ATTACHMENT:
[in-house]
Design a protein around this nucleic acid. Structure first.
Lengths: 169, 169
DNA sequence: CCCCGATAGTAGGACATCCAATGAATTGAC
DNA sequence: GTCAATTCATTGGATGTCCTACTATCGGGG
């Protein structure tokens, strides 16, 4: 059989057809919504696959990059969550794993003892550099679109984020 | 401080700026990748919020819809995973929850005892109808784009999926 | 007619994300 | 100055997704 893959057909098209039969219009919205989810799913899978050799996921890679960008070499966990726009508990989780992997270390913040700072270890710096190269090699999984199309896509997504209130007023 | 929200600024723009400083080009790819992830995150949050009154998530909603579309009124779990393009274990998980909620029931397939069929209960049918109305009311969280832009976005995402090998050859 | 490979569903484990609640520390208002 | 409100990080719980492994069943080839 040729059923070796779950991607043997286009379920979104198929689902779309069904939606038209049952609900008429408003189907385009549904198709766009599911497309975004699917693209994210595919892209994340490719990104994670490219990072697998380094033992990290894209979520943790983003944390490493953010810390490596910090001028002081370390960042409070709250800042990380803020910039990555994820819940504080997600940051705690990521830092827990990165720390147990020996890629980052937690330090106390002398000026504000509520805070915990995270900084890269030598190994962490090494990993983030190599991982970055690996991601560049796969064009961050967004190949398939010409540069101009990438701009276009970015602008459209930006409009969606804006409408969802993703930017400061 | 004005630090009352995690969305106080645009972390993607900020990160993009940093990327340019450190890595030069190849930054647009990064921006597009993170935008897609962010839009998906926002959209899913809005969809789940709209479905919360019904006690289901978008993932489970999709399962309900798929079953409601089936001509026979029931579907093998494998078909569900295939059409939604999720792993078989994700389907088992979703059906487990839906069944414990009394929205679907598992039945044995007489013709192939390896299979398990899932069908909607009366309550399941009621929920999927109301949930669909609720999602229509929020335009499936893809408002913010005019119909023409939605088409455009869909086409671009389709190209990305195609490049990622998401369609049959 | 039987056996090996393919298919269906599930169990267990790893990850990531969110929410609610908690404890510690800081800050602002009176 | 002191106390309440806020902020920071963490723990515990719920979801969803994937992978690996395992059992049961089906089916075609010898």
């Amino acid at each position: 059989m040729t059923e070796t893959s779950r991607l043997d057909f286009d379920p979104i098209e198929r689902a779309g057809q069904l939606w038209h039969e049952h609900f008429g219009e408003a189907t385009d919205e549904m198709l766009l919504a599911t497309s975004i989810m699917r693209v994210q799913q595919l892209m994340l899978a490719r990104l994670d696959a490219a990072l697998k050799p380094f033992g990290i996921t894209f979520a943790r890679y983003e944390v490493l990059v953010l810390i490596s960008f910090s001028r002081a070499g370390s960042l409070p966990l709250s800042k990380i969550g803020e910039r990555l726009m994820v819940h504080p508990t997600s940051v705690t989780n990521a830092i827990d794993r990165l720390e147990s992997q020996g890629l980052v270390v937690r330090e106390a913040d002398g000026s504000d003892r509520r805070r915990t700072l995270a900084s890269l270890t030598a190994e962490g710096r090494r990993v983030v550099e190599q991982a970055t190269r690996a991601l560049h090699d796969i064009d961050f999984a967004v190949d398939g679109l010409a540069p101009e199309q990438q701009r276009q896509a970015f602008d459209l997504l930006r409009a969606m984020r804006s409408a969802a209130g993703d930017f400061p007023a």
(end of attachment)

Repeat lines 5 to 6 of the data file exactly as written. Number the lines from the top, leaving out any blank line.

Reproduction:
DNA sequence: GTCAATTCATTGGATGTCCTACTATCGGGG
């Protein structure tokens, strides 16, 4: 059989057809919504696959990059969550794993003892550099679109984020 | 401080700026990748919020819809995973929850005892109808784009999926 | 007619994300 | 100055997704 893959057909098209039969219009919205989810799913899978050799996921890679960008070499966990726009508990989780992997270390913040700072270890710096190269090699999984199309896509997504209130007023 | 929200600024723009400083080009790819992830995150949050009154998530909603579309009124779990393009274990998980909620029931397939069929209960049918109305009311969280832009976005995402090998050859 | 490979569903484990609640520390208002 | 409100990080719980492994069943080839 040729059923070796779950991607043997286009379920979104198929689902779309069904939606038209049952609900008429408003189907385009549904198709766009599911497309975004699917693209994210595919892209994340490719990104994670490219990072697998380094033992990290894209979520943790983003944390490493953010810390490596910090001028002081370390960042409070709250800042990380803020910039990555994820819940504080997600940051705690990521830092827990990165720390147990020996890629980052937690330090106390002398000026504000509520805070915990995270900084890269030598190994962490090494990993983030190599991982970055690996991601560049796969064009961050967004190949398939010409540069101009990438701009276009970015602008459209930006409009969606804006409408969802993703930017400061 | 004005630090009352995690969305106080645009972390993607900020990160993009940093990327340019450190890595030069190849930054647009990064921006597009993170935008897609962010839009998906926002959209899913809005969809789940709209479905919360019904006690289901978008993932489970999709399962309900798929079953409601089936001509026979029931579907093998494998078909569900295939059409939604999720792993078989994700389907088992979703059906487990839906069944414990009394929205679907598992039945044995007489013709192939390896299979398990899932069908909607009366309550399941009621929920999927109301949930669909609720999602229509929020335009499936893809408002913010005019119909023409939605088409455009869909086409671009389709190209990305195609490049990622998401369609049959 | 039987056996090996393919298919269906599930169990267990790893990850990531969110929410609610908690404890510690800081800050602002009176 | 002191106390309440806020902020920071963490723990515990719920979801969803994937992978690996395992059992049961089906089916075609010898």